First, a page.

The Science Behind Myopia (Nearsightedness)
Nearsightedness, medically termed “myopia,” is a refractive error in which distant objects appear blurry while close-up objects can be seen clearly. This condition occurs when the eye’s shape causes light rays to bend incorrectly, focusing images in front of the retina instead of directly on its surface.
Common causes of myopia include an elongated eyeball or an overly curved cornea. It can begin in childhood and might progress with age. Corrective lenses, such as glasses or contact lenses, and refractive surgery are common treatments for myopia.
The cornea, as seen in the diagram on the right, is a clear, dome-shaped structure that overlies the colored iris. Corneal tissue is clear, and closely resembles wet skin, and like skin tissue, it is very pliable.
The cornea functions as a protective layer that separates the eyes’ contents from the environment and its unique structural curvature are able to bend the light rays towards the back of the eye. It is responsible for most of the eyes’ corrective power and contributes to various conditions such as nearsightedness (myopia), farsightedness (hyperopia), and astigmatism.
Managing Myopia (Nearsightedness)
Myopia control is used to slow or stop the increase in the axial length of the eye (how long the eyeball is). Blurry vision will cause the eye to extend in axial length, and as the axial length increases, the level of myopia will get larger. Children and adults can be treated with Ortho-K because the principle of flattening the cornea is effective for both types of patients.
Myopia control is used to slow/stop the increase in axial length of the eye that occurs in growing children who suffer from the effects of increased nearsightedness each year (patients whose spectacle prescription continues to increase in power every year). Myopia control therapy can result in a lower prescription, so the patient won’t have to wear thick lenses, otherwise required, by the time they become a teenager.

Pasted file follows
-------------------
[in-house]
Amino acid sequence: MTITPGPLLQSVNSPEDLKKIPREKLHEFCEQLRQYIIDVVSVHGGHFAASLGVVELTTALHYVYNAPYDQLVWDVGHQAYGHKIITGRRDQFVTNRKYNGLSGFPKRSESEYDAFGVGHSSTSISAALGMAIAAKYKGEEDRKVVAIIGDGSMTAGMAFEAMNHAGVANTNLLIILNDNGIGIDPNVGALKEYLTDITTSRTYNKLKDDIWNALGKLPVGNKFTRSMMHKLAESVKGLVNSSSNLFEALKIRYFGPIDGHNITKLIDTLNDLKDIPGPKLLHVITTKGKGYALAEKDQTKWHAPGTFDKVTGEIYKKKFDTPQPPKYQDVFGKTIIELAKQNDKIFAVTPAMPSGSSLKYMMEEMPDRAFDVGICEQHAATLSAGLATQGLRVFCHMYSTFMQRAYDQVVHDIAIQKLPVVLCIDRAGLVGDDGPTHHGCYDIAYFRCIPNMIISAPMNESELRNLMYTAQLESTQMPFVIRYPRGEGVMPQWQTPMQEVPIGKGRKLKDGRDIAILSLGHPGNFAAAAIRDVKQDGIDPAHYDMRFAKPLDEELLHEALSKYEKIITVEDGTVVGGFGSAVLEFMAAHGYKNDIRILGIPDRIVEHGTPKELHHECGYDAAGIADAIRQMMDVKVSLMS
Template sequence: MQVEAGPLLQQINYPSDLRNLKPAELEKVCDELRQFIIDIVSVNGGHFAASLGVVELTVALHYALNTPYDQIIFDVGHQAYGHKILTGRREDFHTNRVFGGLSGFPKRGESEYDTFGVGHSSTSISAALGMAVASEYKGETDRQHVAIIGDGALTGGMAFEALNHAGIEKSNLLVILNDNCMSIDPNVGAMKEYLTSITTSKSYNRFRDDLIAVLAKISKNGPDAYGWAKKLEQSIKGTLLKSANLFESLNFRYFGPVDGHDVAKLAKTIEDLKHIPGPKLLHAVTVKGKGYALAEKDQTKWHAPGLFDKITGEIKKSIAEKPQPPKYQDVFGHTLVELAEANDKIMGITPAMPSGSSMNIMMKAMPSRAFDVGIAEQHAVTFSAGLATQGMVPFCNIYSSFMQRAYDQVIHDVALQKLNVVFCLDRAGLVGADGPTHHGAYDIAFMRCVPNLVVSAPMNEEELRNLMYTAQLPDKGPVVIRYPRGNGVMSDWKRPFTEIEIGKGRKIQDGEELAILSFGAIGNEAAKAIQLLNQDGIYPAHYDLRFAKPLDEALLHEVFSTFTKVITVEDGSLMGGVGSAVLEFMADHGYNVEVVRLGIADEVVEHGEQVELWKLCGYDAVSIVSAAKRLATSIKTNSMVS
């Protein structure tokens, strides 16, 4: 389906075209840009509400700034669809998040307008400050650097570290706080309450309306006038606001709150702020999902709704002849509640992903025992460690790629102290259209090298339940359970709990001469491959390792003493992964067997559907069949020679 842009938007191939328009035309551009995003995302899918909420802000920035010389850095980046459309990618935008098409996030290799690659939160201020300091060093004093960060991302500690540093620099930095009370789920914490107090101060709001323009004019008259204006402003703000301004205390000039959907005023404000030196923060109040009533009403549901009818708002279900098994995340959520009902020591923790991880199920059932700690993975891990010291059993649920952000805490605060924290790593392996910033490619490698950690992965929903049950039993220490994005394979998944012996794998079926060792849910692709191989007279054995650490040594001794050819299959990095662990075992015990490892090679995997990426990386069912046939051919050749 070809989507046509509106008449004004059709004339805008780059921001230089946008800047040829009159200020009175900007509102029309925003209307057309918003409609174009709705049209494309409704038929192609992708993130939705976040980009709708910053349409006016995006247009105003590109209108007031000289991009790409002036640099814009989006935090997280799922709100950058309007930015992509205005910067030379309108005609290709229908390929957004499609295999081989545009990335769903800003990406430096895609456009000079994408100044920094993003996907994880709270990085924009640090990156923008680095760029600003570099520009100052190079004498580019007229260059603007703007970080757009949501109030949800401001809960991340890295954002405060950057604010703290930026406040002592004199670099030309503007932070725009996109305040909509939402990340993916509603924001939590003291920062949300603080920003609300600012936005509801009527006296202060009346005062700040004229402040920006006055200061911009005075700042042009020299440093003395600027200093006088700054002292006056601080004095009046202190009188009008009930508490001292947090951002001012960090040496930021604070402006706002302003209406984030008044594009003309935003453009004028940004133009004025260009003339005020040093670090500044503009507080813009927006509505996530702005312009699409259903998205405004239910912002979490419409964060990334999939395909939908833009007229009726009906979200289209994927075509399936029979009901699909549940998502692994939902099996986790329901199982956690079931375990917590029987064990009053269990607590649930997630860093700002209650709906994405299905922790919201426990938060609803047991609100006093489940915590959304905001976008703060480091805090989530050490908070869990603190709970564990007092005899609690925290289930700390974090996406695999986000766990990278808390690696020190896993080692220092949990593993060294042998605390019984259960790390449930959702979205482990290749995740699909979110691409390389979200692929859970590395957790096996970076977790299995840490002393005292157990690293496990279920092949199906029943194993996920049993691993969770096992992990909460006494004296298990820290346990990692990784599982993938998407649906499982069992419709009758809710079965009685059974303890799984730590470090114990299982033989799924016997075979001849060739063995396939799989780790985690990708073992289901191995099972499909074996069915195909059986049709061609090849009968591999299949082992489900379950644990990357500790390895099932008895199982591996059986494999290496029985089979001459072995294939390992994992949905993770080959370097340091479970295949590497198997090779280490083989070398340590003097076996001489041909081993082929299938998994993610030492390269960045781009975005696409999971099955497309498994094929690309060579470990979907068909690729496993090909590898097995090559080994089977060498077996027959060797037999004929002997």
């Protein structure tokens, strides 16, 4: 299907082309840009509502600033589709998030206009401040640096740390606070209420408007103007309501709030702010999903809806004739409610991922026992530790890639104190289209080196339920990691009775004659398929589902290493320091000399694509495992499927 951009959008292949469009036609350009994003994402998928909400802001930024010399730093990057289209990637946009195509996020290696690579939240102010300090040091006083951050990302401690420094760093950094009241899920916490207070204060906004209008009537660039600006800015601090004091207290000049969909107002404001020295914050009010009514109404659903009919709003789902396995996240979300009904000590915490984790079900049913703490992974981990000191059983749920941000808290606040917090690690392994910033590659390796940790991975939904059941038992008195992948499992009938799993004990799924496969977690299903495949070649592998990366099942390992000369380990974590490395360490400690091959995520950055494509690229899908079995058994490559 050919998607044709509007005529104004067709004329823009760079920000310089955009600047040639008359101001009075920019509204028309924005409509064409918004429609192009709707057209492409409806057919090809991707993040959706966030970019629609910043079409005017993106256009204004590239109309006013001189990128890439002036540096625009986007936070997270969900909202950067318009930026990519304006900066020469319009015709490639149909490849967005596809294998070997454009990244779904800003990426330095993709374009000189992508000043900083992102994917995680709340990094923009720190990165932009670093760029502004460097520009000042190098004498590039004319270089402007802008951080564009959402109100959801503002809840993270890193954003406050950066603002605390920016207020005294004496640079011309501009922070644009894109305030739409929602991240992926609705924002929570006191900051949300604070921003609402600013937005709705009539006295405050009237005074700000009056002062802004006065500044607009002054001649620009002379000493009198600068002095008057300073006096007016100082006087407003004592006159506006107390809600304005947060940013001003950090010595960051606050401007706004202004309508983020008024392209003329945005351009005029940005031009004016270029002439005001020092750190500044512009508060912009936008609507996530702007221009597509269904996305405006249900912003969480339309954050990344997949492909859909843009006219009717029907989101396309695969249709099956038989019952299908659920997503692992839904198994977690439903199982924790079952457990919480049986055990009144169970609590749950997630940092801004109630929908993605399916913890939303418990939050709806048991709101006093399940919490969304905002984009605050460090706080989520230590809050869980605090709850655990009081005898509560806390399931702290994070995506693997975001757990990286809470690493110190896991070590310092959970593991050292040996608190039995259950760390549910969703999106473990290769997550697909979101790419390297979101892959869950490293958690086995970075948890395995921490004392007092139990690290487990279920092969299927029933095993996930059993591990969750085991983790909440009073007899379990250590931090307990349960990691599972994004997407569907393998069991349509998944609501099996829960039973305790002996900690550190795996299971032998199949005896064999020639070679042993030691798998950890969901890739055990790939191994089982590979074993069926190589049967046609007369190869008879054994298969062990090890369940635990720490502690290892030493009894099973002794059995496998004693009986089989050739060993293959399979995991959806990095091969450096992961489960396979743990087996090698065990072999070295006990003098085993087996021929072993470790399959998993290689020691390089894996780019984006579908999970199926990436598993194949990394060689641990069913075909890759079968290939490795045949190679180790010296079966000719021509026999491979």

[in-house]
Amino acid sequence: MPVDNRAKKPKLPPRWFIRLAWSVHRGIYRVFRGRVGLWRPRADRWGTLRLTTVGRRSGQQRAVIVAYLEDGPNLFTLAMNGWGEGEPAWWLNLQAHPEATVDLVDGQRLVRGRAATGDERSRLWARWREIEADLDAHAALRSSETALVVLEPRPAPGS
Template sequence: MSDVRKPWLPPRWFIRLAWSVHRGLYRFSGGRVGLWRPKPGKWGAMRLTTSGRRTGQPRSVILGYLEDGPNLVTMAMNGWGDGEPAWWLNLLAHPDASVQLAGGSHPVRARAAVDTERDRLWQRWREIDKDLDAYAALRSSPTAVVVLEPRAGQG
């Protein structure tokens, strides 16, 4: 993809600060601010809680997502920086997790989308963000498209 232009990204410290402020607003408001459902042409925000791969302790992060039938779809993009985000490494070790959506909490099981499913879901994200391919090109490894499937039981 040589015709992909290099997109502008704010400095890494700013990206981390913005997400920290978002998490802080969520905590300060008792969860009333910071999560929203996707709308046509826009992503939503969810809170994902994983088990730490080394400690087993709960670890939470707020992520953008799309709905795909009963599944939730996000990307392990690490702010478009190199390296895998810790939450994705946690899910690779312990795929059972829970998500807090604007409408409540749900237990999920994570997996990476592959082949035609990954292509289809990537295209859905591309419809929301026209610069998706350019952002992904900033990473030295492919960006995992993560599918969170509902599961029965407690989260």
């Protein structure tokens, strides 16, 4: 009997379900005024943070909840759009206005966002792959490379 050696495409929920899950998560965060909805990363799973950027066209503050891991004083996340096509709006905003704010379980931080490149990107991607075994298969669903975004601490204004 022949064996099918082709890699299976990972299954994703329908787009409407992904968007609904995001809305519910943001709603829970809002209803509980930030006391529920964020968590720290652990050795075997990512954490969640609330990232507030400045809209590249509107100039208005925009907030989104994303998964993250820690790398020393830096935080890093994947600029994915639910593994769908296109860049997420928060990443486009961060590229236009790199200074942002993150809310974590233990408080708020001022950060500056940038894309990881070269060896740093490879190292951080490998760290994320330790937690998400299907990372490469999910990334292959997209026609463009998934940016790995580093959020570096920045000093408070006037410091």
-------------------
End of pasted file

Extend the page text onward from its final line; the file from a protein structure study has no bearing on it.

One of the most exciting areas of research in Orthokeratology and Corneal Re-shaping (CR) has to do with the control of myopic progression. At the present time, it appears that CR can essentially stop the progression of myopia in a young, emerging myope (someone who experiences nearsightedness).
The use of CR lenses on a young myope is the best alternative for preventing the progression of myopia. Research indicates that it is better than Rigid Gas Permeable lenses (RGPs), bifocal therapy, progressive lens therapy, atropinizing drugs, vision therapy, and under-correcting myopia.
Signs You May Need Eye Glasses
- Blurred vision
- Difficulty seeing at night
- Trouble adjusting from dark to light
- Frequent headaches
- Difficulty with computer use
- Eye Strain or fatigue
- Seeing halos
- Double Vision
- Blurry vision such as nearsightedness or farsightedness
- A pressure or strain sensation around the eyes
Relationship Between Nearsightedness and Aging
Over recent decades, we’ve observed a global surge in the onset and progression of myopia, partly due to these changing visual habits.
As individuals transition into adulthood, myopia often stabilizes, offering a respite from its earlier progression. However, around the age of 40, many face another visual challenge: presbyopia. This age-related condition results in difficulty focusing on nearby objects, complicating vision for myopic individuals further. Those with high myopia need to be particularly vigilant.
Severe nearsightedness can elevate the risk of age-related eye conditions like retinal detachment, glaucoma, and macular degeneration. Therefore, irrespective of age, routine eye examinations are essential for myopic individuals to ensure optimal eye health and timely interventions.